Any safety meeting, large or small, must start with two basic purposes: to get your employees’ attention and their participation.
My newest book (in e-Book format), The Perfect Safety Meeting, is being downloaded around the world. Since safety never seems to get a big budget for learning and development, I made the e-Book free.
The purpose of the book was to help safety managers and safety committees with organizing a large-scale safety day or stand-down. There are a lot of differences between organizing a toolbox/tailgate meeting and a stand-down. Safety managers may be good at toolbox talks but a big scale event is something completely different.
Fly-by safety meetings (in work clothes in dirty back shops) give the impression that safety is not important enough to make a big deal of it. If it’s not big deal in the eyes of management, it won’t be a big deal in the eyes of employees. Make a fuss over them in safety and don’t be surprised when your people step up.
Any safety meeting, large or small, must start with two basic purposes: to get your employees’ attention and their participation. The smaller the safety meeting, the easier it is to get attention and participation.
Here are three strategies to increase the engagement and participation at your safety meetings with the result of more safety buy-in from your people:
1Get your people off-site - even for an hour or two to hold your monthly safety meeting. This part gets their attention. Find a meeting space for a breakfast event. It should be easy for groups of 20-50 people. Make your safety meeting an event instead of a legal requirement. If you want to balk and say that buying your people breakfast once a month is too much money, I will show you a group of employees who feel that the company doesn’t value them? People get pumped up about events and perceive them differently than regular safety meetings.
Since you’re putting your people in front of the public at a meeting facility, make sure you inform them that dirty work clothes and coveralls will not be permitted. Make them show up clean and laundered. Meeting in public gives you a chance to fly the company flag and to make a statement of being proud of safety.
2Host themed safety meetings - appropriate to either weather, production increases or the types of work based on time-of-year. Or perhaps you might just want to theme your months: December - back safety, January - Slips/Trips, etc. You can also invite presenters even on a small-scale basis. But make sure they keep to the theme only. Keep it focused. Keep it tight. But most of all, make sure you ask your people to think about how they can incorporate the information they learned in their everyday work. This part is critical. If you don't ask them to digest the information and think about how they can utilize it, they won't and you will have wasted your time. This is the first part of getting them to participate.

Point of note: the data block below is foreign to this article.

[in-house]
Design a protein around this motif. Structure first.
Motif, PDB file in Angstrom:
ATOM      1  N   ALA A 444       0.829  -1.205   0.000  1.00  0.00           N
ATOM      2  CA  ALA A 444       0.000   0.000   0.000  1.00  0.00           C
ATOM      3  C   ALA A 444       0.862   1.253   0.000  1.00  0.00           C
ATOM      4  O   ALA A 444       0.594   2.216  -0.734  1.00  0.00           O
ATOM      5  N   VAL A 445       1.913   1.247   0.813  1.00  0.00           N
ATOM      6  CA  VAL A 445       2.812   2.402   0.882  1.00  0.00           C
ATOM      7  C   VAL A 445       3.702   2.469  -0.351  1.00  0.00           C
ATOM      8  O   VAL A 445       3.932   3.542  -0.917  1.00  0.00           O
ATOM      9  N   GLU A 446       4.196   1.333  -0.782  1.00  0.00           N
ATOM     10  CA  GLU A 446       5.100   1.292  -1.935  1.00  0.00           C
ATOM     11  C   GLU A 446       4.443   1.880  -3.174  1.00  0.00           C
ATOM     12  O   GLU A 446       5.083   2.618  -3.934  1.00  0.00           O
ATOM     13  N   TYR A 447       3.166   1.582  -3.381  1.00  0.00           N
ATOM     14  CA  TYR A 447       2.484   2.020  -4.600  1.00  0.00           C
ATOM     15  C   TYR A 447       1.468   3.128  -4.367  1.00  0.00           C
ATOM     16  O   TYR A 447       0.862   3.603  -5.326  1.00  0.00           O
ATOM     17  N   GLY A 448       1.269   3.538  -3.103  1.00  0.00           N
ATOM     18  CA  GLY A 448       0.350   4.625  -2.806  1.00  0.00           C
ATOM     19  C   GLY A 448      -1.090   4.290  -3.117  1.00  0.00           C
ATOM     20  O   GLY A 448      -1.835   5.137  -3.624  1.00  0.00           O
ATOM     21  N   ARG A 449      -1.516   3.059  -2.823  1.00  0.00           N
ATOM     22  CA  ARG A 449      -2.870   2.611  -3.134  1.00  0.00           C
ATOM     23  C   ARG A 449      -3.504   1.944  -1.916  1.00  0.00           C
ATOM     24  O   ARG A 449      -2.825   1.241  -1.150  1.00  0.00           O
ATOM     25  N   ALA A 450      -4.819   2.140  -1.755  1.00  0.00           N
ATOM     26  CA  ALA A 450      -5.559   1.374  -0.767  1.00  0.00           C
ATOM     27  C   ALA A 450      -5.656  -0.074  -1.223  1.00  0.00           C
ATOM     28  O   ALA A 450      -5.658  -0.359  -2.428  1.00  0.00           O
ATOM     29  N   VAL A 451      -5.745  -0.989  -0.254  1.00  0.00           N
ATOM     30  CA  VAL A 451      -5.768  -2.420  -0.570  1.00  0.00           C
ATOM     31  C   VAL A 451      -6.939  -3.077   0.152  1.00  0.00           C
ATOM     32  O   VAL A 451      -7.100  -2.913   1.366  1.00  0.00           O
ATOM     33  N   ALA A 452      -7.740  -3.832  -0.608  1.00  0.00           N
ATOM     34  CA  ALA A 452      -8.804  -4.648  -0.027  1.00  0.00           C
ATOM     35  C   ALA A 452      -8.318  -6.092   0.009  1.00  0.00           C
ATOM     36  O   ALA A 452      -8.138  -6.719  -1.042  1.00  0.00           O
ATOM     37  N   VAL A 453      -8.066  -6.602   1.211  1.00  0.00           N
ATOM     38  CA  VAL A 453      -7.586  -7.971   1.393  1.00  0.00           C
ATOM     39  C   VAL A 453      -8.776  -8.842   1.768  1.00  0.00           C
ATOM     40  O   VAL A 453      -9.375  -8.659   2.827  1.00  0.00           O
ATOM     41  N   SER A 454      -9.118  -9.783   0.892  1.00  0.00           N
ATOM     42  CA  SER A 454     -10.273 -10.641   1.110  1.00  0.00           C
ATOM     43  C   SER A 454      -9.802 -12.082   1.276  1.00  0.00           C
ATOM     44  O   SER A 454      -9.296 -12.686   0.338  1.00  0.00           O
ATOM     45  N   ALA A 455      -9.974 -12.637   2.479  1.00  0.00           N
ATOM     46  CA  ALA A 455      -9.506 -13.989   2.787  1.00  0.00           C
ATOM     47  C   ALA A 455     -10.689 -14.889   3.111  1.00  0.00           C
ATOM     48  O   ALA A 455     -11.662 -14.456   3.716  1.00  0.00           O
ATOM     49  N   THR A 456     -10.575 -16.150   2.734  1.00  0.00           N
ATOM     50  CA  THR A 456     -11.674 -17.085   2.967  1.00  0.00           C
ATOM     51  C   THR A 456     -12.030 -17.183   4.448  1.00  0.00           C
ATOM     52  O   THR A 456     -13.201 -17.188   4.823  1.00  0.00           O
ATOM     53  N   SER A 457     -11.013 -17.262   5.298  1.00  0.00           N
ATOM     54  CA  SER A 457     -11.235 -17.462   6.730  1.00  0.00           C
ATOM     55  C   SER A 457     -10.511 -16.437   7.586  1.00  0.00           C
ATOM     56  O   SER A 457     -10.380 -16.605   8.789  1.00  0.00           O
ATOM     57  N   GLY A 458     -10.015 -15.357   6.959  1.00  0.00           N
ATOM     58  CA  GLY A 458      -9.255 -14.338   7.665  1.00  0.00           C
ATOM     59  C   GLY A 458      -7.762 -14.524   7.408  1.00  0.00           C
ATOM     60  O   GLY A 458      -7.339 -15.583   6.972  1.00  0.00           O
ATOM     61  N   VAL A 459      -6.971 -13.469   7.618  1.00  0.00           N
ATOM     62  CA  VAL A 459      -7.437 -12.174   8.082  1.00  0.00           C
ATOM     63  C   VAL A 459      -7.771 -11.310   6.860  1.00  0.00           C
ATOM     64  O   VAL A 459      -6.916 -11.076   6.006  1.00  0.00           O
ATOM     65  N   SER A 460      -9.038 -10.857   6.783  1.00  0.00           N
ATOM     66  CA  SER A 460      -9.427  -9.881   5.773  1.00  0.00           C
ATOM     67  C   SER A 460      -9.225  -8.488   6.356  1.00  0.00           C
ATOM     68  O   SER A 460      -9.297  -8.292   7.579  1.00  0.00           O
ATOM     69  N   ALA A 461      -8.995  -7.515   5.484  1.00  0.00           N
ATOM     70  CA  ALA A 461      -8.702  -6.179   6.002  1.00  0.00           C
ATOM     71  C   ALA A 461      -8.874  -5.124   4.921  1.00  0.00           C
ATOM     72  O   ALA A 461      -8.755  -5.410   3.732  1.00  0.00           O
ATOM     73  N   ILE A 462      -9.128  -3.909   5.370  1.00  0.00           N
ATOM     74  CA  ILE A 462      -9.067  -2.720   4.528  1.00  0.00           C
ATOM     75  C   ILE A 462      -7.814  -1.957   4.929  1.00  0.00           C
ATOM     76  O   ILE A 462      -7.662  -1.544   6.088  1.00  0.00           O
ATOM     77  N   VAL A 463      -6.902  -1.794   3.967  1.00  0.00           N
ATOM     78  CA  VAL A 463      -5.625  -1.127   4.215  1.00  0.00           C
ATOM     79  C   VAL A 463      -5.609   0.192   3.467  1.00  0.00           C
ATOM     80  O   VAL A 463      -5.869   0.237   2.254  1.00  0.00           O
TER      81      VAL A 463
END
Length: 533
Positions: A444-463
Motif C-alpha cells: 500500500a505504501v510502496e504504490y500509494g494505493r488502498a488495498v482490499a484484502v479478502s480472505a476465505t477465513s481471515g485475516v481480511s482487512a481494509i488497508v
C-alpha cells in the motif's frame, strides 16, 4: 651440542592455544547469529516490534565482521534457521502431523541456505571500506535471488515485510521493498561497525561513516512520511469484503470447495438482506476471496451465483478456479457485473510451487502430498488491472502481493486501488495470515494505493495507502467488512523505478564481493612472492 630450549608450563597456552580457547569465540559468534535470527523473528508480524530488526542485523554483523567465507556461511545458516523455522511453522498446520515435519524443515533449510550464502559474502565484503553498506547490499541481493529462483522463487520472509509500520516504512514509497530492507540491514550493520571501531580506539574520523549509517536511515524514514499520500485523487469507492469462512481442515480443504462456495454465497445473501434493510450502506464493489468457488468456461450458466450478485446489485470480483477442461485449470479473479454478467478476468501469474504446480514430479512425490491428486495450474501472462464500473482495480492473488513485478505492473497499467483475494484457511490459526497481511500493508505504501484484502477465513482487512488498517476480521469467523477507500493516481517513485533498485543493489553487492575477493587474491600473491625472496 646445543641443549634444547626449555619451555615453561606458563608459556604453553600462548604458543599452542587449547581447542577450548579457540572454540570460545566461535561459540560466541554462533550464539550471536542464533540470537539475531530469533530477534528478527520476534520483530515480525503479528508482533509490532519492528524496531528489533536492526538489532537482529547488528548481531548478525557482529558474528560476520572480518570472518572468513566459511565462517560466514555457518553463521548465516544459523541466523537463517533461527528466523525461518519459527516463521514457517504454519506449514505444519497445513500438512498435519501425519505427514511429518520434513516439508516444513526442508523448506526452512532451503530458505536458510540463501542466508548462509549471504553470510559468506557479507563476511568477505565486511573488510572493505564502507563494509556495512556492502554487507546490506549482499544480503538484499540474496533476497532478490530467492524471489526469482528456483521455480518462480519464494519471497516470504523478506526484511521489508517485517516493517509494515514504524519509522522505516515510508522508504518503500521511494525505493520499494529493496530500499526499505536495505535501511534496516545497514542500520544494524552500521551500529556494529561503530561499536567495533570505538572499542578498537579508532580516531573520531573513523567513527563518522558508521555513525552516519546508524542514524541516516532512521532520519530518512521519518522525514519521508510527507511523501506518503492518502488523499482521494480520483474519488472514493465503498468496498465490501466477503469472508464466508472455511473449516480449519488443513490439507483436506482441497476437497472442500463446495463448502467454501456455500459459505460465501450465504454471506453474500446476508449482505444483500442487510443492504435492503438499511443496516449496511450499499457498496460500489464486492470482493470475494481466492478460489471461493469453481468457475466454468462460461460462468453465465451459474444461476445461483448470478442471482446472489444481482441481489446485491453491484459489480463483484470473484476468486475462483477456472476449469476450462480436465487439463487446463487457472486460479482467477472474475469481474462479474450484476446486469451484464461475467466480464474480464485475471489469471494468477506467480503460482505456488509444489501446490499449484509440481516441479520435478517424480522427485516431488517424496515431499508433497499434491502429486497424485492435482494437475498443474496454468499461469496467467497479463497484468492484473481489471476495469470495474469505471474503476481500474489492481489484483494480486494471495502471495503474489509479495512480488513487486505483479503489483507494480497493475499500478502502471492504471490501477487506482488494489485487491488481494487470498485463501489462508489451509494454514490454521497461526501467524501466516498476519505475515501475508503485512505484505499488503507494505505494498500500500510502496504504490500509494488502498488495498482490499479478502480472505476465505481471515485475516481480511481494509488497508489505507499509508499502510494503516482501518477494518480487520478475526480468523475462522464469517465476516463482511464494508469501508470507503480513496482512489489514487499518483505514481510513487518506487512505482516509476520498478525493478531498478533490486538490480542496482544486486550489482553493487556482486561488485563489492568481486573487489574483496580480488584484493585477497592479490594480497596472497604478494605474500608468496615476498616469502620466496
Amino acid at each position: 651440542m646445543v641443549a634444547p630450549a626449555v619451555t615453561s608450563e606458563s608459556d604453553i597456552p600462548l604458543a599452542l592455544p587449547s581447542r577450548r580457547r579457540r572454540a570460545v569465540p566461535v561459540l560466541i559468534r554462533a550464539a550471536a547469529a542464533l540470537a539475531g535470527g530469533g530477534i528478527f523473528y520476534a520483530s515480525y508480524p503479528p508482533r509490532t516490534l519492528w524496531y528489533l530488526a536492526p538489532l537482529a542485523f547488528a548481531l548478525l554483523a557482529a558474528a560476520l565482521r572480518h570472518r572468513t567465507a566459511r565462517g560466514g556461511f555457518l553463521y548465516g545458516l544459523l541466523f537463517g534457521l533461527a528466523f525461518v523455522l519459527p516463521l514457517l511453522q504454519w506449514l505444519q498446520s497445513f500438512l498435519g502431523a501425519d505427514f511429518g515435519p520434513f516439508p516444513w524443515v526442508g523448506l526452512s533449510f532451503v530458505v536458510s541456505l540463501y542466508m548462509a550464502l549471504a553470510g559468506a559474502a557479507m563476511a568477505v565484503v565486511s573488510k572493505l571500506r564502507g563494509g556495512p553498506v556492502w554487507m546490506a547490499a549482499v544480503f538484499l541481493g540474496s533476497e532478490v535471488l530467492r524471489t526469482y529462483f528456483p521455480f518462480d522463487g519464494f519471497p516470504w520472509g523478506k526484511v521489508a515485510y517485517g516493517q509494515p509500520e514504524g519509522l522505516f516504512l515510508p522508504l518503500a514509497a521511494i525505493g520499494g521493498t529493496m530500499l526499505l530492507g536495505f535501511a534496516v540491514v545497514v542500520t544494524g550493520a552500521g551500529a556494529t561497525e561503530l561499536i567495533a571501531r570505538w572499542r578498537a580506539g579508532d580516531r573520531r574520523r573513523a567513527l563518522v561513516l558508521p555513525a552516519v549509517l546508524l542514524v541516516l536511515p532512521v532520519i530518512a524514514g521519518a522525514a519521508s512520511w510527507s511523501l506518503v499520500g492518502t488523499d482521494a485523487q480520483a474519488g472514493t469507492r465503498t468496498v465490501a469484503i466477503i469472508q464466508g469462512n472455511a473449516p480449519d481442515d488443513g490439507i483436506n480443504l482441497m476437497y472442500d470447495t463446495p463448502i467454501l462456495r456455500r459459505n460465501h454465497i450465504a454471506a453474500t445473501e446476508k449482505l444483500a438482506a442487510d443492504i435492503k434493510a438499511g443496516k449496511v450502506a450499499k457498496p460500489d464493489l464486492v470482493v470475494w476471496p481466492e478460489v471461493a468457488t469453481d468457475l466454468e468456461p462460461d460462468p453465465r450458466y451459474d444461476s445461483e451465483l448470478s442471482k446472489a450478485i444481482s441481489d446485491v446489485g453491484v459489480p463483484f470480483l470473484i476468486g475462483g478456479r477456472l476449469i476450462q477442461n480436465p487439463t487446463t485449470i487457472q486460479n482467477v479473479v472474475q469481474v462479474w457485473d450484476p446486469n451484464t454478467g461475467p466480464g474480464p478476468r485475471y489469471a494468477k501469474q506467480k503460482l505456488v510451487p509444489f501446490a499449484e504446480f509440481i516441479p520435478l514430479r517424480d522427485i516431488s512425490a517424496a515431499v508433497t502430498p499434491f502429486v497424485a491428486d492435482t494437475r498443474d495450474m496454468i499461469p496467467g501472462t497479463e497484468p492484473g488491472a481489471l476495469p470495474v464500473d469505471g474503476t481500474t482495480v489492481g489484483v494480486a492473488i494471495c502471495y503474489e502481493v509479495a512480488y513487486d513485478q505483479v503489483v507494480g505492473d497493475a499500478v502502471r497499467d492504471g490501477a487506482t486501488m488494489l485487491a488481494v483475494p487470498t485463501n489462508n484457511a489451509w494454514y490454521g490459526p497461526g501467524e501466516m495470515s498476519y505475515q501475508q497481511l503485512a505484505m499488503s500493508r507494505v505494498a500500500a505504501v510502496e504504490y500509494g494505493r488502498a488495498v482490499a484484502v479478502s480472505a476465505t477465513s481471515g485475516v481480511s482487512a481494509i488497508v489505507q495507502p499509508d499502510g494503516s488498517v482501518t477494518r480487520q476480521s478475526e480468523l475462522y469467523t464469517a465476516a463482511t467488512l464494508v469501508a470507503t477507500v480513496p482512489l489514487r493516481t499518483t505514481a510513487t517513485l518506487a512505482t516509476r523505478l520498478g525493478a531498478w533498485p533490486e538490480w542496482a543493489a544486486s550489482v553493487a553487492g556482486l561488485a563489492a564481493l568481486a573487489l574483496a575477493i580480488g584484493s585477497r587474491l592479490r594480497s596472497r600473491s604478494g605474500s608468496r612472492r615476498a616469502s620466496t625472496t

However you do it, get them to take some notes, to remember what they've learned, to think about how they can use the information and to get them to internalize it.
3Turn your safety meetings into brain-storming, problem-solving events. Find a safety issue that keeps coming up and ask your people to brainstorm some ideas - working in groups of 5 or so. Get each group to offer ideas/suggestions. Get them working together at your safety meetings - not just showing up and sitting through it. Make it constructive. Let them solve the very issues they are creating. When people are tasked with finding their own solutions to problems, they are more likely to own safety. After all, it was their idea.
Re-brand your safety meetings from fly-by preaching sessions held in dirty back shops to problem-solving, participative strategy sessions in public meeting facilities. Watch how the perception of safety begins to transform.
Once you start doing these things in your small-scale monthly safety meetings, you will see how you can scale down the other ideas in The Perfect Safety Meeting e-Book.
Feel free to invite others to download The Perfect Safety Meeting e-Book. And if you are hosting a larger-scale safety event soon, please consider me as your closing speaker for the event. Check out the first 8 minutes of my safety keynote presentation on video.